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Access Agilent eNewsletter August 2016

PerkinElmer FAAS with Agilent consumables: Accurate determination of nutrients and mineral elements in water samples

Ankit Shah, Agilent Spectroscopy Consumables Support Specialist

Everyone wants a safe environment, and accurate monitoring of minerals and contaminants in drinking, waste, surface, and ground water is essential to ensure good water quality. Contamination from inorganic elements may occur by natural deposition or by discharge from industrial, agricultural, and household wastes. If you use a PerkinElmer instrument for elemental analysis, now you can get high-quality results with Agilent spectroscopy supplies.

Although more advanced instrumental techniques such as ICP-OES and ICP-MS are applied to elemental analysis of waters, flame atomic absorption spectrometry (FAAS) is preferred due to its simplicity, low operating cost, and comparatively fast analysis for major analytes like Ca, Cu, Fe, Mg, K, Na, and Zn. The FAAS technique also requires minimal sample preparation, and it detects the expected analyte concentrations typically found in environmental water samples.

Excellent recoveries demonstrate suitability of Agilent supplies

For a recent study, we used a PerkinElmer AAnalyst 800 FAAS to analyze a number of municipal and bottled water samples for Ca, Cu, Fe, Mg, K, Na, and Zn. Only Agilent consumables and supplies were used with the PerkinElmer FAAS instrument.

All samples were pretreated by acidification with 1% nitric acid (HNO3). The final solution included 0.1% lanthanum chloride (LaCl3), used as a releasing agent for analysis of Ca and Mg, and as an ionization suppressant for analysis of Na and K. Agilent Application Note 5991-7046EN gives the instrument parameters and standard concentrations used for calibration.

Two independent standards were analyzed to validate the results for the water samples. We used an Agilent initial calibration verification (ICV) standard for ICP, AA or GFAA to confirm the accuracy of the calibration, and a High-Purity Standards Trace Metals in Drinking Water certified reference material (CRM-TMDW) to validate the measured results for the water samples. We achieved excellent recoveries for a 100-fold dilution of the Agilent ICV standard and the High-Purity Standards CRM-TMDW (Table 1 and Table 2), which confirmed the accuracy and suitability of the method.

Analyte Measured result (mg/L) Analyte concentration with 100-fold dilution (mg/L) Recovery (%)
Ca 4.85 5.00 97
Cu 0.25 0.25 100
Fe 1.05 1.00 105
Mg 4.86 5.00 97
K 4.86 5.00 97
Na 5.35 5.00 107
Zn 0.21 0.20 105

Table 1. Excellent recoveries for the elements determined in the Agilent ICV standard.

Analyte Measured result (mg/L) Certified concentration (mg/L) Recovery (%)
Ca 36.6 35.0 105
Cu 0.019 0.020 95
Fe 0.102 0.100 102
Mg 8.43 9.00 94
K 2.33 2.50 93
Na 5.90 6.00 98
Zn 0.071 0.070 101

Table 2. Good recoveries for the elements determined in the High-Purity Standards Trace Metals in Drinking Water certified reference material (CRM-TMDW).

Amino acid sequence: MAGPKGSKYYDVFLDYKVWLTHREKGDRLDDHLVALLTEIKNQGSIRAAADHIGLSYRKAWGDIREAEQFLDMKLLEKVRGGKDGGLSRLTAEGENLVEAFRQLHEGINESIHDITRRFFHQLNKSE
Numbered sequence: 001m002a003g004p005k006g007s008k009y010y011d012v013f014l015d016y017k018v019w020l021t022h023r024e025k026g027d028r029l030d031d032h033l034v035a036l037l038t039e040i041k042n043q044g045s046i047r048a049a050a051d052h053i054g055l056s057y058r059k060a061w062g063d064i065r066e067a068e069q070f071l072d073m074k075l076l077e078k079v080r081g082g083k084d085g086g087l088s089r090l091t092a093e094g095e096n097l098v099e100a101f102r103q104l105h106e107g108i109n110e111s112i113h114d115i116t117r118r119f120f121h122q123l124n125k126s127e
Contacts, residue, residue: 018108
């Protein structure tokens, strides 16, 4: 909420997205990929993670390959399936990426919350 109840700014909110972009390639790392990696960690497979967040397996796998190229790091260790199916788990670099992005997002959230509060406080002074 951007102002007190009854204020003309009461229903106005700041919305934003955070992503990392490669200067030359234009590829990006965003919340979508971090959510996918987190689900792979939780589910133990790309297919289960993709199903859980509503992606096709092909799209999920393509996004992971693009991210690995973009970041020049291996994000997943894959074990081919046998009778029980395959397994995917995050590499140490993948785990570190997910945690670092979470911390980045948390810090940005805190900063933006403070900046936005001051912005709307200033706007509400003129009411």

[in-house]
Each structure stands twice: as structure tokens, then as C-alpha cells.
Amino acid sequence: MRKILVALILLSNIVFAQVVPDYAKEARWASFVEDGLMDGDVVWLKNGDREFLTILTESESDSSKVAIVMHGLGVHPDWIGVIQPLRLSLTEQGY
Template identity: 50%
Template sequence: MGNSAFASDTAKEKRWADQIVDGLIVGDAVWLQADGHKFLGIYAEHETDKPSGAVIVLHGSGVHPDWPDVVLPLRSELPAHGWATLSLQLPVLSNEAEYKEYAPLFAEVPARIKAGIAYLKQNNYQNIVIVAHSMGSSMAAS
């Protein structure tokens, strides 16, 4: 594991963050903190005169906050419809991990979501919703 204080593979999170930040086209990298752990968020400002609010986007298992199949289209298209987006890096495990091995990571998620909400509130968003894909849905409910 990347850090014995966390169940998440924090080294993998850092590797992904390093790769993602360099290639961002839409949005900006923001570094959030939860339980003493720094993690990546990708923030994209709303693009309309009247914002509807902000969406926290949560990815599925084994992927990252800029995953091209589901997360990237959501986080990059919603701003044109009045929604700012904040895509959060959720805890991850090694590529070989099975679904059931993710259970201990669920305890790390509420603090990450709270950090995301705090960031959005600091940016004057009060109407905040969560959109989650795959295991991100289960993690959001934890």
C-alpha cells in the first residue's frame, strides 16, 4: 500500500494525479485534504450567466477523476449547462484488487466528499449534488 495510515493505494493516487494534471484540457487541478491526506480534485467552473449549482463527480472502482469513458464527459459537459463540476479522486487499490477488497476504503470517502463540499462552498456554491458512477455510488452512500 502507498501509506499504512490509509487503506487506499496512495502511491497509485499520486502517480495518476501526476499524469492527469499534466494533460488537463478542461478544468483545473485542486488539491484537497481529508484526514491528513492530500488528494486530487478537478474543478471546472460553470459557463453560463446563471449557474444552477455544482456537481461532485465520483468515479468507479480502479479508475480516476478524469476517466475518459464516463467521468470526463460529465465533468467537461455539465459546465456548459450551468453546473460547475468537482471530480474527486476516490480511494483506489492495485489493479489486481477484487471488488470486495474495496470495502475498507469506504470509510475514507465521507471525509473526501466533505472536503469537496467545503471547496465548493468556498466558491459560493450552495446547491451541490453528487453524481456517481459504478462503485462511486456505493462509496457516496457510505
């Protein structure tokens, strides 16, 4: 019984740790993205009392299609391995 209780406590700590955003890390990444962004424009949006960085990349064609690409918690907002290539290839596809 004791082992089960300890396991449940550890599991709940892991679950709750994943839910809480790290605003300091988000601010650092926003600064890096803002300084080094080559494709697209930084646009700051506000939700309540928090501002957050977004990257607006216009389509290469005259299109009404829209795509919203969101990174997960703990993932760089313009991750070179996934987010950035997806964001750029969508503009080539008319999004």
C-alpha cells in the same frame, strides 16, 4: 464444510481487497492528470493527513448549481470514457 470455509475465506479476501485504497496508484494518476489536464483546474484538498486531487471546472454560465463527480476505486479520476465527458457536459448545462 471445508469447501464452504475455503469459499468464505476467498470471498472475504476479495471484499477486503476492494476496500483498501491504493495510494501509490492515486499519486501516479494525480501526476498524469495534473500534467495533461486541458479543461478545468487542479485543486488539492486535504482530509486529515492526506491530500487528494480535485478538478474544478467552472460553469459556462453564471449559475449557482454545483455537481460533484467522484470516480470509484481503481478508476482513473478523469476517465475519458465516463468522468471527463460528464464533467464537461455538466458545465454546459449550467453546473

Accurate measurement of both low- and high-concentration elements

With the same calibration, samples of drinking water, recycled water from a municipal water treatment facility, and bottled water were measured. Table 3 shows the results.

Analyte Municipal (drinking) water 1 (mg/L) Municipal (recycled) water 2 (mg/L) Municipal (drinking) water 3 (mg/L) Bottled mineral water (mg/L)
Ca 3.85 13.92 4.88 1.17
Cu 0.12 0.03 0.13 <DL
Fe 0.05 < Detection limit (DL) 0.03 <DL
Mg 1.86 7.87 1.14 1.82
K 0.59 20.56 0.61 0.53
Na 4.10 Over range 4.17 7.76
Zn 0.04 2.47 0.14 <DL

Table 3. Measured results for the three municipal water and drinking water samples.

Waters 1 and 3 are drinking waters that were sampled from different localities, but the supply originates from the same reservoir. The differences in the elemental concentrations are probably due to the condition of the pipework, the distance from the reservoir, and the holding time for the water in the pipework prior to sampling. Water 2 is a Class A recycled water, which is unfit for human consumption, but does meet the local Environmental Protection Authority [1] and Department of Health guidelines.

Analyte Detection limit (mg/L)
Cu 0.003
Fe 0.007
Zn 0.004

Table 4. Sensitive analysis: low detection limits achieved using the PerkinElmer AAnalyst 800 FAAS with Agilent consumables and supplies.

The bottled water was free of Cu, Fe, and Zn, which confirmed that these elements had been removed during purification prior to bottling. The Mg and K concentrations were remarkably similar to those measured in the drinking waters 1 and 3.

Detection limits were calculated for Cu, Fe, and Zn (Table 4). The other elements were present at higher concentrations and had been measured using low-sensitivity conditions, so the detection limits were not determined.

Reliable performance with Agilent supplies for PerkinElmer FAAS

This method is ideal for rapid, direct, and simple measurement of the nutrients and mineral elements in both municipal water supplies and bottled water samples. By measuring Ca, K, Mg, and Na (all present at high concentration) with reduced-sensitivity conditions, it was possible to analyze both high- and low-concentration elements in the same samples.

The performance and dynamic range were demonstrated by the excellent recoveries obtained for both the low- and high-concentration elements determined in the Agilent ICV standard and High-Purity Standards Trace Metals in Drinking Water CRM. To learn more, download Agilent publication 5991-7046EN. Then explore the full portfolio of Agilent supplies for the PerkinElmer AA, ICP-OES, and ICP-MS instruments.


  1. Environment Protection Authority Victoria, “Guidelines for Environmental Management—Dual Pipe Water Recycling Schemes– Health and Environmental Risk Management,” (Publication 1015.1) Feb., 2015.